Can we accelerate the bioeconomy in times of crisis?

This week the BioMonitor project will present some of its latest findings on the European bioeconomy at the ICABR Virtual Conference this year

Press release - 13 Oct 2020

This summer, the BioMonitor project teamed up with the International Consortium on Applied Bioeconomy Research (ICABR) to speak about the bioeconomy’s potential in the post-COVID economic recovery in Europe. In light of this emerging theme, the virtual ICABR conference will discuss in detail bioeconomy’s role across the globe. Some BioMonitor partners will share some of the project’s initial results on the European bioeconomy and its role in dealing with climate change and the environment after COVID-19.


Entitled, “Accelerating the Bioeconomy”, it will take place virtually from October 12 to 21 and will feature keynote speakers and panels, contributed-paper sessions and parallel panel sessions; all these are to be held in a “webinar” format, and can also be attended by anyone from around the world. Each session lasts for roughly 2 hours.  Some of the sessions will include presentations from BioMonitor partners Wageningen University (WU), and Wageningen University and Research (WUR).


On October 13 (Tuesday), Hans van Meijl (WU) will give a talk on, Towards a Sustainable and Inclusive Bioeconomy: a macro-economic perspective on trade-off and synergy effects. He will discuss how a systems analysis framework (once designed and implemented based on a macro-economic perspective) will allow decision makers to support coherent policies that address grand societal challenges related to the bioeconomy. This will be featured in the second plenary session (from 16:00-18:00 CEST) on Climate Change, Environment and the Bioeconomy post COVID-19 to be chaired by María Rosa Murmis.


On October 15 (Thursday), two discussions will be made by BioMonitor colleagues. These are:

  • A Cross-Country Measurement of the EU Bioeconomy: An Input- Output Approach by Mohammed B. Degnet (WUR)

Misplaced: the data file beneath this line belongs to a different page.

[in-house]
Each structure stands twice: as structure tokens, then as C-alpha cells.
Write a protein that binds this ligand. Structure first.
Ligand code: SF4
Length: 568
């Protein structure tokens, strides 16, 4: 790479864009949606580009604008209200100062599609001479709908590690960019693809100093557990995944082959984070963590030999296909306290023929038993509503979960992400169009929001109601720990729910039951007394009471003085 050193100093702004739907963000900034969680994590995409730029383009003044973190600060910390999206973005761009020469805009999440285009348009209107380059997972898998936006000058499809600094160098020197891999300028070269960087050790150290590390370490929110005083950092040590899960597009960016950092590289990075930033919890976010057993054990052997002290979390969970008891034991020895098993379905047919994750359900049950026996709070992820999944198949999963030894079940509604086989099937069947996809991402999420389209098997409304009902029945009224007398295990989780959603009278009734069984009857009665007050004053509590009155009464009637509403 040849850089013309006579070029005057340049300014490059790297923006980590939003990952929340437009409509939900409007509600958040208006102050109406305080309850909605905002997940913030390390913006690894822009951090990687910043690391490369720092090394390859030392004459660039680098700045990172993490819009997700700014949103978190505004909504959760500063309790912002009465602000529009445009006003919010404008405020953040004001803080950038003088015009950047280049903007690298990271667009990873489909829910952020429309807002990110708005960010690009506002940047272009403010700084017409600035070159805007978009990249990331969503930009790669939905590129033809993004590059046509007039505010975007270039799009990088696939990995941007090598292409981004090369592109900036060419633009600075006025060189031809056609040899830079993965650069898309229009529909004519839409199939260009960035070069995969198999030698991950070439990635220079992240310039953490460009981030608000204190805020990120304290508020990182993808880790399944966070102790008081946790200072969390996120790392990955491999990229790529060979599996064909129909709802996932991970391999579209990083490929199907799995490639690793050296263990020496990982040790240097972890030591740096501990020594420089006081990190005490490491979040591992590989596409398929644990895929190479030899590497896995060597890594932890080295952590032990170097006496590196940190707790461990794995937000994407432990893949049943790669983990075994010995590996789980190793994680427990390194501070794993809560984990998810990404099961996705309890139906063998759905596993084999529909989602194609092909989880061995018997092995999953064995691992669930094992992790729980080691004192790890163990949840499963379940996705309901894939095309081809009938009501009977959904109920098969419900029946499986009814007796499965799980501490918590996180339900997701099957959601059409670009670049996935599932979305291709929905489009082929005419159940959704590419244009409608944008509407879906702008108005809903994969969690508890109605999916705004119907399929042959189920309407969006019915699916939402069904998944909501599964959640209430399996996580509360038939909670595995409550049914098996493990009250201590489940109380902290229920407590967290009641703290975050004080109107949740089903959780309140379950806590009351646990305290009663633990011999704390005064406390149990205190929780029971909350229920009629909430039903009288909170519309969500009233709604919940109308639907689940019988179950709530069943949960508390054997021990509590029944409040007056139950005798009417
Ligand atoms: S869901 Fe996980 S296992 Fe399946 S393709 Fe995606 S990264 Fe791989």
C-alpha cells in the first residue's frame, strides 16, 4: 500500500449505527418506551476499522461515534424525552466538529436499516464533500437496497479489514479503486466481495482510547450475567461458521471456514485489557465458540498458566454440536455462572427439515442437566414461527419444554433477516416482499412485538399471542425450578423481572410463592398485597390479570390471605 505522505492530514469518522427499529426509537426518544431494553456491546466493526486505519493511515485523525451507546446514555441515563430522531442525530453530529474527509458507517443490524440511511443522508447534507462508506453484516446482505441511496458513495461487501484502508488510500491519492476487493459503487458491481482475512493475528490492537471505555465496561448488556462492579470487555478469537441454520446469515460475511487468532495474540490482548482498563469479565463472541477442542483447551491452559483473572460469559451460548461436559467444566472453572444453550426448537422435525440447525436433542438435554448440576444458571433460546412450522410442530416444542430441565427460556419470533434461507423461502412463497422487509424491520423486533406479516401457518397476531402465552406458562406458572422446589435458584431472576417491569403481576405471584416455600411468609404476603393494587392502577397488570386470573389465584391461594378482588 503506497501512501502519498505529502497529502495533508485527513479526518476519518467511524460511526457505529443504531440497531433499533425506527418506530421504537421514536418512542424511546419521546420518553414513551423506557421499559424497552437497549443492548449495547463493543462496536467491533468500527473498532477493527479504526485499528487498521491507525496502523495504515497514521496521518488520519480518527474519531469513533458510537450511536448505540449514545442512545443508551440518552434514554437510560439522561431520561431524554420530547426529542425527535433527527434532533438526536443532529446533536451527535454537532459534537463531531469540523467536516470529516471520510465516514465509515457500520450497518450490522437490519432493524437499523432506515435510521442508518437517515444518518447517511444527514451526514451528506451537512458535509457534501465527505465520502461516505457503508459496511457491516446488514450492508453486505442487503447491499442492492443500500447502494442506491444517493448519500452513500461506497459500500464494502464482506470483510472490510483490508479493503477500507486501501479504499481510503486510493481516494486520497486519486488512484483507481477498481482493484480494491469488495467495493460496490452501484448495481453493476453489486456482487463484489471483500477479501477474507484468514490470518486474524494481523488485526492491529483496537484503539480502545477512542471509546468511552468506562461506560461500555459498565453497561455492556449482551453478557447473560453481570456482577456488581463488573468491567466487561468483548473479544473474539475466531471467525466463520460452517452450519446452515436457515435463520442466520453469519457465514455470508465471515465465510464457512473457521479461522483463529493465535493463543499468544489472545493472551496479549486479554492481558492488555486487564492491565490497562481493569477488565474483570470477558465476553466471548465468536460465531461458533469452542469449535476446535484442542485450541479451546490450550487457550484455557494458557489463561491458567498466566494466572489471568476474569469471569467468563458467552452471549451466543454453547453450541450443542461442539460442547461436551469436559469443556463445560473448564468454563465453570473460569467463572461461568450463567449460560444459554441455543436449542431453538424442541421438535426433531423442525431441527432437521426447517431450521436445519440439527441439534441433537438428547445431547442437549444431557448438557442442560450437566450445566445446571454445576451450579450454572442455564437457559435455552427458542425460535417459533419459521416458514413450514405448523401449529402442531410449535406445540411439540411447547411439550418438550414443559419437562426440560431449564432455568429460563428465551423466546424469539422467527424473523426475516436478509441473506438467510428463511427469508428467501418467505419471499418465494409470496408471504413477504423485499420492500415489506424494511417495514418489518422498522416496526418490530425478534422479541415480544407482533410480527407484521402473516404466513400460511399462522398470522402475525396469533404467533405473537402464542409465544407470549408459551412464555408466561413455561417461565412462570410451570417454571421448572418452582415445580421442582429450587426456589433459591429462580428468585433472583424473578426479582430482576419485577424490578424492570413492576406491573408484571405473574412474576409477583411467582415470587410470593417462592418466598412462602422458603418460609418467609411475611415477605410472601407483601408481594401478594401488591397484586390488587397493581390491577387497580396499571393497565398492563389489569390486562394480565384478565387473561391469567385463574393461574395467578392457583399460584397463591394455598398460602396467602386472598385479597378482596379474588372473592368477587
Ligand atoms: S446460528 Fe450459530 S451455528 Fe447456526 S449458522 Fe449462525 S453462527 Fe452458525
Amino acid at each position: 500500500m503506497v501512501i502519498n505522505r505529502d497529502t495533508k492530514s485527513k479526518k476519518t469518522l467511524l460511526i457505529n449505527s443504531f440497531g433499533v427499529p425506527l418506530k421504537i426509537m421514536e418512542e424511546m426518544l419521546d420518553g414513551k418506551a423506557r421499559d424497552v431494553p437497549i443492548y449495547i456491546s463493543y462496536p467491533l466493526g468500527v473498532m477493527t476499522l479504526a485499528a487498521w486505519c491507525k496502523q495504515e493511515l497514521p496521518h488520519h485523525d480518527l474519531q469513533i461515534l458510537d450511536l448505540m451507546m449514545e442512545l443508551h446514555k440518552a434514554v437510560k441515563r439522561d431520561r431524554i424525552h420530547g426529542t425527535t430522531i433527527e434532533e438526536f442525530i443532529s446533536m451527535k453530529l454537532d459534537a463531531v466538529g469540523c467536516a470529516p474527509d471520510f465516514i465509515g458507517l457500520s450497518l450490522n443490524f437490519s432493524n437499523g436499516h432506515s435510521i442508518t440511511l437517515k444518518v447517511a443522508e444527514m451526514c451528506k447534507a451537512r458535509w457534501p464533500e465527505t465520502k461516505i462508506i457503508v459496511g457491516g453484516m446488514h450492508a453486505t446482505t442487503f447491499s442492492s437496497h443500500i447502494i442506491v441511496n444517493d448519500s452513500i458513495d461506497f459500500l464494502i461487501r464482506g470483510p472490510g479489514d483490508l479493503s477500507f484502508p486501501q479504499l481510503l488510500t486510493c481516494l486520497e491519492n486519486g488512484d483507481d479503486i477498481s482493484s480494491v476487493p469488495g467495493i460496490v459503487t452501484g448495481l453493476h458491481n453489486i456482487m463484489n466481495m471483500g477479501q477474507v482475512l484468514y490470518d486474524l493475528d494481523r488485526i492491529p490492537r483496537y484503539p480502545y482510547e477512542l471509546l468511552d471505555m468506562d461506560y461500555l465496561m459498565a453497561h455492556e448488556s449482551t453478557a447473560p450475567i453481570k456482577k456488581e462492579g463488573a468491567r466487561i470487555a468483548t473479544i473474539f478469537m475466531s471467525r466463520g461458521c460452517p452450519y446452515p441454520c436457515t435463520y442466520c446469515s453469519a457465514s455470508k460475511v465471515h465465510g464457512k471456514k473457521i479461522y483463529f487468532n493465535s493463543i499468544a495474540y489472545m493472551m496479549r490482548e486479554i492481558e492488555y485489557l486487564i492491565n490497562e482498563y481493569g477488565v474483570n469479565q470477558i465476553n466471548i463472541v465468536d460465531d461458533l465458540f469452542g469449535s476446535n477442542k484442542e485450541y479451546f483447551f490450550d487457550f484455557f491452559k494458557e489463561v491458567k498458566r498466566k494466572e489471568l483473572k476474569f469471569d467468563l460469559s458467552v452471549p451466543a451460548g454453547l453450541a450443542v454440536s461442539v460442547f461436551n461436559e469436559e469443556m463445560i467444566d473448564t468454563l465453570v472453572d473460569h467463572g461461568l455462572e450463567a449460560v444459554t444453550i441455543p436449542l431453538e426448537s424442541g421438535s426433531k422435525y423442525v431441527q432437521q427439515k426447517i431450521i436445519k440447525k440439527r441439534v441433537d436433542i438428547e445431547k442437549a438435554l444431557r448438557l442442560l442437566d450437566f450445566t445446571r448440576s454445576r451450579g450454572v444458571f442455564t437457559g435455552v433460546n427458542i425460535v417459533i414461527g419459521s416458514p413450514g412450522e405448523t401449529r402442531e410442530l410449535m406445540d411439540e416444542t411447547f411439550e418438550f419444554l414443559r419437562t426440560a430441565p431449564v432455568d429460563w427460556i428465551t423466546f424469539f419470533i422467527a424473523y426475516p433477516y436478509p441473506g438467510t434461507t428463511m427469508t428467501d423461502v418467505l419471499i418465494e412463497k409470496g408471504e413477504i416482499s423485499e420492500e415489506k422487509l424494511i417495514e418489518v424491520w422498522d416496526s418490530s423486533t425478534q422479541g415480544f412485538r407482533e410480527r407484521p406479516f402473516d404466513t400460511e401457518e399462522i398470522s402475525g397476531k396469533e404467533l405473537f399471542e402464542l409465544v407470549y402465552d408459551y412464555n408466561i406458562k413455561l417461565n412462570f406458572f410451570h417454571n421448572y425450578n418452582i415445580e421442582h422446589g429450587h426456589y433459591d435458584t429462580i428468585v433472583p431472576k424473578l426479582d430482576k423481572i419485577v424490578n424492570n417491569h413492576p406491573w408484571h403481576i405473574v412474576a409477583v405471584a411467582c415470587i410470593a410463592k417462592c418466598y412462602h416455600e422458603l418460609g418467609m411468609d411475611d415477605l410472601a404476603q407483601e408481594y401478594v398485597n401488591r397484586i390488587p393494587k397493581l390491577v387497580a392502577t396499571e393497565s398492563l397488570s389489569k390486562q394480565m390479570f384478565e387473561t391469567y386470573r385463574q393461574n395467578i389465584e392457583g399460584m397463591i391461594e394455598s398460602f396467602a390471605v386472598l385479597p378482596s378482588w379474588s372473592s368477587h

• Bioeconomy Options and Sustainability by Kutay Cingiz (WU)

These will be featured in a session on the EU Bioeconomy to be led by the BioMonitor project coordinator Justus Wesseler.


What do we expect from these presentations?

A Cross-Country Measurement of the EU Bioeconomy

There is a lack of a unifying model when measuring the bioeconomy cross-country in existing literature. With our approach, we follow the definition of the bioeconomy from the BioMonitor project. Hence the primary sector (agriculture forestry and fishing) also includes food products, beverages and tobacco, wood and products of wood and cork, paper products and printing. Moreover, we also include in our bioeconomy calculations the downstream and upstream effects of the input-output flow between primary sectors to all other sectors. With this, we measure the share of bioeconomy based on the national income for 27 countries in Europe from 2005 to 2015.

Bioeconomy Options and Sustainability

The development of the bioeconomy is driven by innovation for alternative uses of biomass. The sustainability of using different forms of biomass for conversion into products is widely debated. We propose to use the genuine investment framework for assessing the sustainability of the bioeconomy. We first introduce the concept based on the seminal paper by Arrow et al (2012), and advance their model by including uncertainty and irreversibility explicitly, thereby linking the model with the EU bioeconomy strategy, and discussing the implications for measuring and monitoring the development of the EU bioeconomy.


Will BioMonitor have a considerable role in this conference?

These papers are at the core of the bioeconomy debate. One of them provides a practical and straight forward unifying method to measure the size of bioeconomy. The other one discusses the implications for measuring and monitoring the development of the EU bioeconomy.


How important is it to learn about other continents’ plans and studies on advancing the bioeconomy?

It is imperative to understand that how the value of bioeconomy and its sustainable nature helps us to find ways to combat against global warming and poverty. On this note, one of the main research topics is the growth of bioeconomy which is entangled with international trade, policy agendas and research on bioeconomy. For this we need to be aware of other continent’s plan’s and studies on bioeconomy, in order to find out optimal strategies for the advancement of bioeconomy.


Interested participants must register beforehand to attend the selected plenary sessions. Click here to see the full agenda and all the sessions’ registration links.


Cover photo by Edward Howell on Unsplash